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The History of St. Elizabeth Parish

For where two or three are gathered together for my sake, I am there in their midst.

The need for a new parish in the Carlington area of the west end of Ottawa became imperative during the growth in the early 1960’s. Anglophone Catholics had been attending St. Bonaventure, a francophone parish, but when the need became great a series of meetings and petitions led in the formation of St. Elizabeth Parish. In July 1963, Rev. John M. Beahen was appointed pastor by then Archbishop Lemieux. He celebrated the first mass on Sunday Aug. 4th in the basement of St. Louis school. The parish consisted of 243 families. With rapid growth there was soon the need for expanded facilities and so St. Augustine school (later named St. Elizabeth school) was used to accommodate all that was going on.

Saturday, Aug. 9, 1964 was a happy day of great promise. In a brief ceremony Rev. Wm. Bradley, Pastor of St. Margaret Mary Parish blessed the ground upon which St. Elizabeth Church would rise. The first sod was turned by Father Beahen. Through his efforts and devotedness and the co-operation and generosity of many people the church would rise at the corner of Merivale Road and Leaside Avenue. Its opened doors welcomed the faithful on Easter Sunday, April 19, 1965.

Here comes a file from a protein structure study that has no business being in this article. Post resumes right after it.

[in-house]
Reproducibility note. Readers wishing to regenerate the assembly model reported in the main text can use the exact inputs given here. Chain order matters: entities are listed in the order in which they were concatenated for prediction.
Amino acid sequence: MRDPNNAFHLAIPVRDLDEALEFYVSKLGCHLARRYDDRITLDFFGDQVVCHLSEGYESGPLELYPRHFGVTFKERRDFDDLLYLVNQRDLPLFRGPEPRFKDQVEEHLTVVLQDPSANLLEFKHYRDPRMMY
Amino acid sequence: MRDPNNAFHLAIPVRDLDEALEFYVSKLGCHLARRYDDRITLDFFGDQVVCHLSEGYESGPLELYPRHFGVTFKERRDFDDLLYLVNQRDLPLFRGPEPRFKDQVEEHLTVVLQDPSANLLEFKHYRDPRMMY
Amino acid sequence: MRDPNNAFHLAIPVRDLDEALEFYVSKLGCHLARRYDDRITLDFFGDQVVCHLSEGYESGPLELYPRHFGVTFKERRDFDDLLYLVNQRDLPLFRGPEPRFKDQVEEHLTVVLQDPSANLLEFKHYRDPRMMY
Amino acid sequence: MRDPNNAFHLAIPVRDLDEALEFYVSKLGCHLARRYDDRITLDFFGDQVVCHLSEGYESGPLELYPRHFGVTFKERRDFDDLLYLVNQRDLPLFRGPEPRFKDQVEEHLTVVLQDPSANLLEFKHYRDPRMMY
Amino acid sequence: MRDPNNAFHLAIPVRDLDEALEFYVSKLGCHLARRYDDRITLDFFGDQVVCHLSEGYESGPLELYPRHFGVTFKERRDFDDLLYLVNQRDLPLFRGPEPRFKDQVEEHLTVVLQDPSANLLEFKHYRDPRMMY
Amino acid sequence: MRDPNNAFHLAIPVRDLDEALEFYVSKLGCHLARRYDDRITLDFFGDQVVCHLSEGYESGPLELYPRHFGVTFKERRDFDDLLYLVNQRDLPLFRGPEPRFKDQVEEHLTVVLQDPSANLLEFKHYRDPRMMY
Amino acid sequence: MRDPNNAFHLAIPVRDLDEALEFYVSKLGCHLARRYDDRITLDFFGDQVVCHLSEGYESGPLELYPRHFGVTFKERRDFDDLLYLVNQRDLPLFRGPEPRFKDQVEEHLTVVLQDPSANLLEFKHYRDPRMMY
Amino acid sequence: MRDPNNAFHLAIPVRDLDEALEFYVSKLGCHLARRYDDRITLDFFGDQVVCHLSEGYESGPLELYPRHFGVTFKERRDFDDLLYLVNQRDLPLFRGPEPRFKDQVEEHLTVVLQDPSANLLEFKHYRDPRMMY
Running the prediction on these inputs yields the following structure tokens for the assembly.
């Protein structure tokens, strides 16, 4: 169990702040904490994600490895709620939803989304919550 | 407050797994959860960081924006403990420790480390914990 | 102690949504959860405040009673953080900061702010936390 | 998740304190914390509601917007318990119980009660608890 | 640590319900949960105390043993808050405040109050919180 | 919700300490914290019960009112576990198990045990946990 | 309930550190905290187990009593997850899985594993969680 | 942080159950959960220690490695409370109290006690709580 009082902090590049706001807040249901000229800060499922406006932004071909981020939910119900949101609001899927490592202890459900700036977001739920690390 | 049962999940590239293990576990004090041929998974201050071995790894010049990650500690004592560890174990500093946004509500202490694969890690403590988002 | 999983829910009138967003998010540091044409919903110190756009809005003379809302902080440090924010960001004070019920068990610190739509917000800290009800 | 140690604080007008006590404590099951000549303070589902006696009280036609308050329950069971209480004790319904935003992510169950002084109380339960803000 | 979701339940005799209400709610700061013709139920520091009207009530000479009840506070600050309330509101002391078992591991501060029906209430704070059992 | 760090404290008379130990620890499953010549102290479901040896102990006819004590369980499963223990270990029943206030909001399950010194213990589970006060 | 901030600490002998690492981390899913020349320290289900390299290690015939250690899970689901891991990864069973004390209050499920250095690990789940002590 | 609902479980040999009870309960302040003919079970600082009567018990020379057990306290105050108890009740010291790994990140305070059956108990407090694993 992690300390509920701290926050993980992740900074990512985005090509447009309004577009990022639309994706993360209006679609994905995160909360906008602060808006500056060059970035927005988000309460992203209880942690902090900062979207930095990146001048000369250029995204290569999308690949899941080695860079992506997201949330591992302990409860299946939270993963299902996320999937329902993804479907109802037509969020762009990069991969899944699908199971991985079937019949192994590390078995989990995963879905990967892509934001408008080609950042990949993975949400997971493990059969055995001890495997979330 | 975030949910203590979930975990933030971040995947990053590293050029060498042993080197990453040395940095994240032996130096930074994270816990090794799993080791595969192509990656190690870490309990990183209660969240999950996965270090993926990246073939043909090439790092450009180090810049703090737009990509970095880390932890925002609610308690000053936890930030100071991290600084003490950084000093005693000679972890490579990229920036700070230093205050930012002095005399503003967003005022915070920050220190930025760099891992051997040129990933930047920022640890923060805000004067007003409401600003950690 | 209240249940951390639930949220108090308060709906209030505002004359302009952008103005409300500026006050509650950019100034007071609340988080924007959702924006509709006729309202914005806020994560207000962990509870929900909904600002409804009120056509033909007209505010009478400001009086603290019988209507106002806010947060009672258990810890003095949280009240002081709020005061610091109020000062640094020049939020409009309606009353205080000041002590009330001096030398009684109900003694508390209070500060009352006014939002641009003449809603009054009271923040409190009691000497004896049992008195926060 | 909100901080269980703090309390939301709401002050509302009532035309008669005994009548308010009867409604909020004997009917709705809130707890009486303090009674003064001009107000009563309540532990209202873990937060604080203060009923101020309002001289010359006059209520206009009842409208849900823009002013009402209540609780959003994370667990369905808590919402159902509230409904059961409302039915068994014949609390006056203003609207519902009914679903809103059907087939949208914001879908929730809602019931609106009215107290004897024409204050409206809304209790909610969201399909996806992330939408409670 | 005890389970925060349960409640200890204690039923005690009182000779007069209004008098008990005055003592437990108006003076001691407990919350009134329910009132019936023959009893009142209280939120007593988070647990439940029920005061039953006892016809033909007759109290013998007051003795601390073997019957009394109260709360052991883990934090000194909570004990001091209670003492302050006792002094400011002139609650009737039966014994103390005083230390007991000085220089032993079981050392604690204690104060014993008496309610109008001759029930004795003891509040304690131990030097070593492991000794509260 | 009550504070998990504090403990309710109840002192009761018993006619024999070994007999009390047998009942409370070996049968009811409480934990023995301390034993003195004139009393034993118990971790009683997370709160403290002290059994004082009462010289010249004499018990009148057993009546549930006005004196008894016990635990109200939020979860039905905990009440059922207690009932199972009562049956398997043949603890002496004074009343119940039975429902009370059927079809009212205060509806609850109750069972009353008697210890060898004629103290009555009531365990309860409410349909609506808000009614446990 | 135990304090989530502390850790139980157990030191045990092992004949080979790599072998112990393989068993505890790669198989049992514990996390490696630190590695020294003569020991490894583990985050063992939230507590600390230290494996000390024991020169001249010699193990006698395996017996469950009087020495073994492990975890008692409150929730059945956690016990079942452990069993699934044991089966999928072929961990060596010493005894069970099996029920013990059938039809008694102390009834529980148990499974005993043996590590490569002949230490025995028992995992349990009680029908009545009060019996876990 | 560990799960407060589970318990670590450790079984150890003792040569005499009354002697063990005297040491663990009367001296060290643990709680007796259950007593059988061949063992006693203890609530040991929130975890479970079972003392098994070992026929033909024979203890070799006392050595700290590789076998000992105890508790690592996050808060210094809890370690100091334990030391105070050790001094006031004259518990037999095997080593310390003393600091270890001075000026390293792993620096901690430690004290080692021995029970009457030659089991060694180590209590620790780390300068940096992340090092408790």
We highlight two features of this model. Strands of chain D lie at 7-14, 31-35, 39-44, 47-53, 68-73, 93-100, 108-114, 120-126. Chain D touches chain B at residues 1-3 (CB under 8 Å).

The rectory, which serves as the priest’s home, was built long before the new church. It has been part of the Anglican church which was torn down to make room for St. Elizabeth Church and the house had served as the home of the Anglican clergy. When the Anglican community sold the land they moved across the street on Merivale Road, where St. Peter’s stands to this day.

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Father John Beahen, who went on to become Auxiliary Bishop of Ottawa, was named after John the Baptist. He may well have been so named because his mother in name was Elizabeth and in so naming the parish he was remembering his mother as well as giving honour to St. Elizabeth who was the mother of John the Baptist and cousin of Mary, the Mother of our God.